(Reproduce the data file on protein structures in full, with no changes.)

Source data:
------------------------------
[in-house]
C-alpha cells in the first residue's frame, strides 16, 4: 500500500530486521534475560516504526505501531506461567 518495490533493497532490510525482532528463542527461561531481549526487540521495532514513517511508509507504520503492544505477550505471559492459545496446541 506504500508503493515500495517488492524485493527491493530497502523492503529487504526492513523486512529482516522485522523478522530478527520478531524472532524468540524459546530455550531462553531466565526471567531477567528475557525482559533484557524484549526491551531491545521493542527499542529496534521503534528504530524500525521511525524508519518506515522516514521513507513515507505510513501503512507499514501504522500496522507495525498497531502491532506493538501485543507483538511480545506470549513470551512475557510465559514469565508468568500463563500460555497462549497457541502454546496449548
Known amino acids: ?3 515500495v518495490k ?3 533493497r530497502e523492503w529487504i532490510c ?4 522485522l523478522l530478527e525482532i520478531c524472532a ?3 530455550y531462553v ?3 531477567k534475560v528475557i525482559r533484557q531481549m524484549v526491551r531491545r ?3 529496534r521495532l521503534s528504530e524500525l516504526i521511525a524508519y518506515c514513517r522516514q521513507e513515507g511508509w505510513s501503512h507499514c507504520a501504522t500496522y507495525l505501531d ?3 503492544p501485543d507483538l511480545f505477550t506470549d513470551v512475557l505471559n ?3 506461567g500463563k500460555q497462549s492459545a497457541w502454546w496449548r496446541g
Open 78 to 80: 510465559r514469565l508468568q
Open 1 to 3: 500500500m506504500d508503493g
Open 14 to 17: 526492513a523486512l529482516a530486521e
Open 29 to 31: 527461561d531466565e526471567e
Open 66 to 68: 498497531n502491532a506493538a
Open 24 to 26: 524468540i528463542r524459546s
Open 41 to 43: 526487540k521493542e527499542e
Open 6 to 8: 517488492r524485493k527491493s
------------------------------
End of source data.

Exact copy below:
[in-house]
C-alpha cells in the first residue's frame, strides 16, 4: 500500500530486521534475560516504526505501531506461567 518495490533493497532490510525482532528463542527461561531481549526487540521495532514513517511508509507504520503492544505477550505471559492459545496446541 506504500508503493515500495517488492524485493527491493530497502523492503529487504526492513523486512529482516522485522523478522530478527520478531524472532524468540524459546530455550531462553531466565526471567531477567528475557525482559533484557524484549526491551531491545521493542527499542529496534521503534528504530524500525521511525524508519518506515522516514521513507513515507505510513501503512507499514501504522500496522507495525498497531502491532506493538501485543507483538511480545506470549513470551512475557510465559514469565508468568500463563500460555497462549497457541502454546496449548
Known amino acids: ?3 515500495v518495490k ?3 533493497r530497502e523492503w529487504i532490510c ?4 522485522l523478522l530478527e525482532i520478531c524472532a ?3 530455550y531462553v ?3 531477567k534475560v528475557i525482559r533484557q531481549m524484549v526491551r531491545r ?3 529496534r521495532l521503534s528504530e524500525l516504526i521511525a524508519y518506515c514513517r522516514q521513507e513515507g511508509w505510513s501503512h507499514c507504520a501504522t500496522y507495525l505501531d ?3 503492544p501485543d507483538l511480545f505477550t506470549d513470551v512475557l505471559n ?3 506461567g500463563k500460555q497462549s492459545a497457541w502454546w496449548r496446541g
Open 78 to 80: 510465559r514469565l508468568q
Open 1 to 3: 500500500m506504500d508503493g
Open 14 to 17: 526492513a523486512l529482516a530486521e
Open 29 to 31: 527461561d531466565e526471567e
Open 66 to 68: 498497531n502491532a506493538a
Open 24 to 26: 524468540i528463542r524459546s
Open 41 to 43: 526487540k521493542e527499542e
Open 6 to 8: 517488492r524485493k527491493s